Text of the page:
Jeremy Gerard, Bloomberg News"Dead Accounts," on the other hand, seems phoned in, the kind of TV sitcom Rebeck herself can tear into with delicious spleen.

Terry Teachout, The Wall Street Journal:  Sometimes a play that doesn't quite work can be more satisfying than a well-made piece of dramatic yard goods. It isn't hard to see what's wrong with Theresa Rebeck's "Dead Accounts," the story of a manic embezzler who takes the money and runs home to his mother-yet for all its manifest flaws, Ms. Rebeck's new play is seldom predictable and never boring, and her cast, led by Norbert Leo Butz, glitters like sapphires on black velvet. If it's perfection you want, go elsewhere, but you'll miss out on an exceedingly interesting night at the theater.

Matt Windman, AM New York: Given the many outstanding plays that premiered Off-Broadway last month and really deserve to be seen (including Samuel D. Hunter's "The Whale" and Christopher Durang's "Vanya and Sonia and Masha and Spike"), it's depressing to have yet another insubstantial, uneventful and pointless play by Theresa Rebeck on the stage…Rebeck offers just a tiny sliver of a plot, undeveloped characters and a few themes that are superficially explored…The real attraction of "Dead Accounts" is seeing Katie Holmes in her first professional gig after deserting Tom Cruise. Oddly enough, she only has a supporting, rather uninteresting role as Butz's homely-looking, stressed-out sister.

Chris Jones, Chicago Tribune: Rebeck clearly intends to lampoon her mercurial Manhattan milieu and treat the Midwest without the usual condescension. But one of the many problems with this script, which is entertaining and zesty in a moment-by-moment way but really does not hang together as a credible dramatic story, is that it relies on the dodgy assumption that people in Cincinnati actually define themselves, all the time, as heart-of-America Midwesterners, when, in fact, they think of themselves as Cincinnatians, residents of a pretty urbane locale…"Dead Accounts" holds one's attention, not least because it allows the hyperkinetic Butz to energize the piece. He is a lot of fun throughout, especially when playing opposite Houdyshell's dry wiT. Holmes...generally lacks sufficiently expansive definition, but, in the few moments of actual revelation, she finds some poignancy in her relationship with her character. None of these actors, though, can help the lack of credibility of some of the play's central devices.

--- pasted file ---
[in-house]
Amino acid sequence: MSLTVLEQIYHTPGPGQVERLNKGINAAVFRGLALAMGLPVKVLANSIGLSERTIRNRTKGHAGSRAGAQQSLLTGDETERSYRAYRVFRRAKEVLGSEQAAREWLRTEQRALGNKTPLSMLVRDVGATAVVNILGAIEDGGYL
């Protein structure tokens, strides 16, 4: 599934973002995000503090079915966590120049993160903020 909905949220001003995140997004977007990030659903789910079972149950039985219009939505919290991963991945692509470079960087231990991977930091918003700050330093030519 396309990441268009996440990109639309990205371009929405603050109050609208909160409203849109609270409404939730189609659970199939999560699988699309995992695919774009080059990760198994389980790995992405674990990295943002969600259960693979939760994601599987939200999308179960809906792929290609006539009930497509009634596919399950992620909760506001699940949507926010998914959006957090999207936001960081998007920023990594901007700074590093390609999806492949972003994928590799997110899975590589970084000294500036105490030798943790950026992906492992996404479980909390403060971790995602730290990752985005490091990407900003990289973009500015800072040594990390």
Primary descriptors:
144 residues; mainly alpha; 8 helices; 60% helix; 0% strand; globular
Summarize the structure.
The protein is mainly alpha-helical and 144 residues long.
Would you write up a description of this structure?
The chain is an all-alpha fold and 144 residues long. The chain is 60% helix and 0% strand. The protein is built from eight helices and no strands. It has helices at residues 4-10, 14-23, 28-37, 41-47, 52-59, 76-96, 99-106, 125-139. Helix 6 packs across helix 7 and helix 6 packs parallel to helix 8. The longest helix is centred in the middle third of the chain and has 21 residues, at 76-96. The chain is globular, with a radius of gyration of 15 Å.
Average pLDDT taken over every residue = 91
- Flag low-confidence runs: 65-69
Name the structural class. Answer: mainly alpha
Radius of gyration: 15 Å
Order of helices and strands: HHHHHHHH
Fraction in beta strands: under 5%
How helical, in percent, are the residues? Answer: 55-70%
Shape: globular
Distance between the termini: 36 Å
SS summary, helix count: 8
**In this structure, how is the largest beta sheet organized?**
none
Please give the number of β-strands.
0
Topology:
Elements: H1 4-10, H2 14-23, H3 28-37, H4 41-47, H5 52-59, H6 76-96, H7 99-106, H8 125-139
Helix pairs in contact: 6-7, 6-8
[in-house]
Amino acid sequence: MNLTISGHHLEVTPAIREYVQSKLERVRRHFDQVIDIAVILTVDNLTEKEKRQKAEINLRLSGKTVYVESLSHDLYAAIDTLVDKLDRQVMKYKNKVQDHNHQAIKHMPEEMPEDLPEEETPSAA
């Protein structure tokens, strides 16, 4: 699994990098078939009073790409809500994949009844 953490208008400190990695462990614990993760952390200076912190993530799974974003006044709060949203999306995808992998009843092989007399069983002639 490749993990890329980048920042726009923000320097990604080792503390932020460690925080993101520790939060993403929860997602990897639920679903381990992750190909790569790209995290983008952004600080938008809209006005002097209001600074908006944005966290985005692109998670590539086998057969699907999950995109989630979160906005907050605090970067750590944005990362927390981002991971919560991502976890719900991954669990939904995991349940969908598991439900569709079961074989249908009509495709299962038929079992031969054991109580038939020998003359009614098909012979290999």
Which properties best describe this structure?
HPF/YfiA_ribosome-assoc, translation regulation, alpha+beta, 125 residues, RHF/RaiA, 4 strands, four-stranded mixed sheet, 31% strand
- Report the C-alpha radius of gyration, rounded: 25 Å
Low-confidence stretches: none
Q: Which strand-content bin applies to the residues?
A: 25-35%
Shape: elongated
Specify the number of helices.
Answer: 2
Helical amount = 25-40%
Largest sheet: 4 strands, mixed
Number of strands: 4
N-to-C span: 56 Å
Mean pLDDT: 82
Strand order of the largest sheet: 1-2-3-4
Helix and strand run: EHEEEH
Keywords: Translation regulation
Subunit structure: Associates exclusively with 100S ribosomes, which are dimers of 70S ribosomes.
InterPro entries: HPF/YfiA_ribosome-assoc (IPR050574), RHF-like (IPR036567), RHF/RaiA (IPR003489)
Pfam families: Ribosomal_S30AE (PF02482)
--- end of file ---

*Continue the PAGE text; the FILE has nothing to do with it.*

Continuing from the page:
Joe Dziemianowicz, NY Daily News: In lieu of an engaging story, unseen people, including the sibs' sick dad, are gabbed about while undeveloped thematic strands dangle. Ideas rise up about staying put in one's hometown vs. leaving, buying into God vs. worshipping money and life in New York vs. the Midwest. After an hour, Jack's wife, Jenny (Judy Greer, miscast as a model of urbanity), arrives and reveals that her soon-to-be ex has raided neglected bank accounts of dead people to the tune of $27 million. The huge sum is a device to reveal Jenny's greed and to give Lorna an aria about why she can't fret about banks getting screwed.